There was the research writing project I ended up doing all by myself because my partner suddenly had severe medical problems. There was dissection lab with the girl who was became obsessed with "getting the brain out" of the fetal pig. There was the college poetry group project that was really more like organized flirting.
So as an adult, I've steered clear of anything resembling a group project until several years ago when I was working at a publishing company and my boss asked if I would be interested co-authoring a book about babysitting co-ops. Co-authoring sounded like it could be perilous. Would there be struggles for control? Would there be missed deadlines or guilt if I failed to live up to expectations? On the other hand, people co-authored books every day. How bad could it be?
I agreed, and I began working with Samantha Nielsen on the project. As it turned out, we worked very well together. We didn't have the same strengths, but that turned out to be a great advantage for our team. The result Babysitting Co-op 101: A Win-Win Childcare Solution, _a well-written resource for parents of young children who need babysitting options and don't have much money to spend on childcare. And along the way, I learned all about the advantage of co-authoring.
3 Seriously Awesome Advantages of Co-Authoring
Best friends Taksh Gupta and Akhil Ahuja came upon the idea of co-authoring their novel Love@365 Kmph as they told each other stories. Their combined ideas came together, and they decided they might as well write a novel together since their ideas worked together so well.
Many co-authors send chapters back and forth to each other via email, but Gupta and Ahuja talked through their story and took turns writing it down. Of course, they didn't always agree on the course of the story, but they hashed it out and turned it into a seamless narrative.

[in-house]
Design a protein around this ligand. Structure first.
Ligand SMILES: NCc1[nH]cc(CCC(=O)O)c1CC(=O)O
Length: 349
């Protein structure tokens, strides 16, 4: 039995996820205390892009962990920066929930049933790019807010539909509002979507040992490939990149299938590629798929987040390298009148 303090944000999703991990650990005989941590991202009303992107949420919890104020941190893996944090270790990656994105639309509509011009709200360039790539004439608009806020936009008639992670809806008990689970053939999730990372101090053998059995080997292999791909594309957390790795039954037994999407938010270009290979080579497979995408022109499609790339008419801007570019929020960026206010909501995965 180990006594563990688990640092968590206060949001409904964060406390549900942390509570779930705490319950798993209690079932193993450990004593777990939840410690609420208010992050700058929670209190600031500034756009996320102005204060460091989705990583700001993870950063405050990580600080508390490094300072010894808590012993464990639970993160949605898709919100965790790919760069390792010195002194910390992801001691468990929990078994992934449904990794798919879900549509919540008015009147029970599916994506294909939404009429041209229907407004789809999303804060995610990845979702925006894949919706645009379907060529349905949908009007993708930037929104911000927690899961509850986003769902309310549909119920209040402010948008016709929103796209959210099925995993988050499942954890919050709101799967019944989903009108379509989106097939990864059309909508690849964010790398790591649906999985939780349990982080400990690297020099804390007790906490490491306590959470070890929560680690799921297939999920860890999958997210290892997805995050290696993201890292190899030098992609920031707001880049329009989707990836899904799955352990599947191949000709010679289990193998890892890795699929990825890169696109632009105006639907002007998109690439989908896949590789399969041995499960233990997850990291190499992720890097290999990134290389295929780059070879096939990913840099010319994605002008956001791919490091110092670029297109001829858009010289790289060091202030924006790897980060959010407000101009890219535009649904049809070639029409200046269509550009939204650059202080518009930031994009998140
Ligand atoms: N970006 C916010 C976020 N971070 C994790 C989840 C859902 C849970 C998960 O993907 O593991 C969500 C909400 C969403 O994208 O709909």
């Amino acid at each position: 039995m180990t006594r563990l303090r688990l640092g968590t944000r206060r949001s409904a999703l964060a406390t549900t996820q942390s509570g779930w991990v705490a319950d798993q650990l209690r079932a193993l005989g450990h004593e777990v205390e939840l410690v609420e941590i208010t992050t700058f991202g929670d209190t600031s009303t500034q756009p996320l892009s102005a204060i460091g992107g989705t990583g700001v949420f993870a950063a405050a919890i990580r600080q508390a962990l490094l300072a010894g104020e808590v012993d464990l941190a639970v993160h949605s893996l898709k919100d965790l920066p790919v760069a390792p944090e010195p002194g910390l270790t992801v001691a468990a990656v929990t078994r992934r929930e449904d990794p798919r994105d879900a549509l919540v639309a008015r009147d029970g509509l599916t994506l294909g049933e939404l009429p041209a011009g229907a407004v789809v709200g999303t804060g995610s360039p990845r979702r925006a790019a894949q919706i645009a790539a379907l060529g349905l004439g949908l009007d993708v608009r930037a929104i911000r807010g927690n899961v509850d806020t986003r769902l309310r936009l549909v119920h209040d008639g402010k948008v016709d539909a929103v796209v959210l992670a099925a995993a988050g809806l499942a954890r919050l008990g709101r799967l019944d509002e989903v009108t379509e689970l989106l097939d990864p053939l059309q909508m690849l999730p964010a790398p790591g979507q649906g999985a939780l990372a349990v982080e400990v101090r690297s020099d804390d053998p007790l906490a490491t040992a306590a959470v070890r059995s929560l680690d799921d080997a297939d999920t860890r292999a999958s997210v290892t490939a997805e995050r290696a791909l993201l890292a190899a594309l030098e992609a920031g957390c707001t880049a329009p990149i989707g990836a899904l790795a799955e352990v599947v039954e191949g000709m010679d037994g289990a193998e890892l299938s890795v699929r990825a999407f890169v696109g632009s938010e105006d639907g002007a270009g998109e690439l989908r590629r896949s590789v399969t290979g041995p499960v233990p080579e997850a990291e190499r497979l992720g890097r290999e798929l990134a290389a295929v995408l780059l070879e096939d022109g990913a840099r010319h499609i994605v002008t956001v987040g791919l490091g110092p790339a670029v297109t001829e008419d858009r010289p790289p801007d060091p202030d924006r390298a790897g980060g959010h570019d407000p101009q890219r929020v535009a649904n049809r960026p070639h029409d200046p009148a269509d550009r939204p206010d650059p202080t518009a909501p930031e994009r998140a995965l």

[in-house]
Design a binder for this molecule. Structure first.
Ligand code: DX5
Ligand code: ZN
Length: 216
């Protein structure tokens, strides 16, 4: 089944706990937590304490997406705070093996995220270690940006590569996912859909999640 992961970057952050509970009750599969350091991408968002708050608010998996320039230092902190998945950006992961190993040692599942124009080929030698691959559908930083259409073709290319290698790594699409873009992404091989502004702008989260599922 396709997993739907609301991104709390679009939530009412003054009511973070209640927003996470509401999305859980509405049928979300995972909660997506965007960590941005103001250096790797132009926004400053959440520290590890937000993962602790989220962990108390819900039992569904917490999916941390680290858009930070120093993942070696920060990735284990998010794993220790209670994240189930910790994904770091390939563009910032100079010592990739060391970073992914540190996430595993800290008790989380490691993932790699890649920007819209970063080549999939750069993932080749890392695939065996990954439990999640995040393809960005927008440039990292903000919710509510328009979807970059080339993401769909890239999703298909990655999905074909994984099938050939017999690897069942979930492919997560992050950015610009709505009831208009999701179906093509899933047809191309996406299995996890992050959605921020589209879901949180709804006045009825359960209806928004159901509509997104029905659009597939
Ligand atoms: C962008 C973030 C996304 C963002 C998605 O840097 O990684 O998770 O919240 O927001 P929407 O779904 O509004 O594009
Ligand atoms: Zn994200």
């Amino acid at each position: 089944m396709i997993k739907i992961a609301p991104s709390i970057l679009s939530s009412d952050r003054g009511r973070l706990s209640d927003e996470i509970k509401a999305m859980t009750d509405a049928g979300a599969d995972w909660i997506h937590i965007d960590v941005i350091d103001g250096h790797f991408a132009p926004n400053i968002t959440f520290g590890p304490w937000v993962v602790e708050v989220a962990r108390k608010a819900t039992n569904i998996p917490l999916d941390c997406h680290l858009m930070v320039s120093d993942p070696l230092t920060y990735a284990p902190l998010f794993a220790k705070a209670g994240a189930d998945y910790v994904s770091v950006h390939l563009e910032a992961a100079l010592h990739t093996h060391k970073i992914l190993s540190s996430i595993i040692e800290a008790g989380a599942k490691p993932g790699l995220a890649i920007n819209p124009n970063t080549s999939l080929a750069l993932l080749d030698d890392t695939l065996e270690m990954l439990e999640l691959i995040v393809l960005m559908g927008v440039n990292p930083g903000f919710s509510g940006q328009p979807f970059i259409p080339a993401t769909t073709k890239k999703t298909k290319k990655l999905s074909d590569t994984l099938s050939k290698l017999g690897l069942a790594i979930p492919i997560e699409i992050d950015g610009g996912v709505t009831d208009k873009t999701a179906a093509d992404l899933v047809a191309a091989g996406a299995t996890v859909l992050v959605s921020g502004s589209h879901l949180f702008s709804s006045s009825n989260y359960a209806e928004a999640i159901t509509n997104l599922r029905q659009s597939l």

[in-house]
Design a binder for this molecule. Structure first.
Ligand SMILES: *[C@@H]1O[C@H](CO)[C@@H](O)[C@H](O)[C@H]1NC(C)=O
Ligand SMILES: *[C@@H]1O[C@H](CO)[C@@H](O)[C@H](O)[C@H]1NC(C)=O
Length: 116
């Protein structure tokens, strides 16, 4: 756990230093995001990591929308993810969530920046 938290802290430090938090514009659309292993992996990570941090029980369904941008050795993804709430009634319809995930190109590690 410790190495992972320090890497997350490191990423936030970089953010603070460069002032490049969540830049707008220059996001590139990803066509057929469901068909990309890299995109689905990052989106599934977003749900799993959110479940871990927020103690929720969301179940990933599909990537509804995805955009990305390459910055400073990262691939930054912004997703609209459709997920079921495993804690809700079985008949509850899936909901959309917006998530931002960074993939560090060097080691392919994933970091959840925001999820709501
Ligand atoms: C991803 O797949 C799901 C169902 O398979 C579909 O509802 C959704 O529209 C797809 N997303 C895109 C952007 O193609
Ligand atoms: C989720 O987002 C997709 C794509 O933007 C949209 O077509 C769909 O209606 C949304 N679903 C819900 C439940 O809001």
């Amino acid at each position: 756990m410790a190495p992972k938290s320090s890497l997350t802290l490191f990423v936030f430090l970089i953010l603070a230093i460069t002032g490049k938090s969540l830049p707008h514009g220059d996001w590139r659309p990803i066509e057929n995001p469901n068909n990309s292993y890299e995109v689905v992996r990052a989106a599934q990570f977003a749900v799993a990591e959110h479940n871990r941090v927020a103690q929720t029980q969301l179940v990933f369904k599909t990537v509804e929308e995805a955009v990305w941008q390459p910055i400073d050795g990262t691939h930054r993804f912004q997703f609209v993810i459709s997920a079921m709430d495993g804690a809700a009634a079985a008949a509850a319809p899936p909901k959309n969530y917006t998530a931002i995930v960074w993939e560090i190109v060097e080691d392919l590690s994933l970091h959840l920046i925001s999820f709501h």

Even for traditionally published books, marketing can be a real headache for authors. Most authors just want to start working on their next project when they finish a book, not start peddling their book like a virtual door-to-door salesman.
This is another area where it really helps to have a co-author. When there are two of you, you have twice as many social media contacts, professional contacts, and friends and family members who have their own contacts. This can make a huge difference with marketing, which can get you focused on your next project sooner.
If procrastination is one of your major weaknesses, co-authoring can be the key to keep you moving. Why? Because you're more likely to keep a promise to someone else than you are to keep a promise to yourself.
With a co-author, you'll be saying things like, "I'll finish up Chapter 12 and get it to you by Friday." Guess what? Chapter 12 will be done by Friday, and your book will steadily march along toward completion. For some people, this is the biggest advantage of co-authoring. Accountability to another professional is a powerful tool on your path to publication.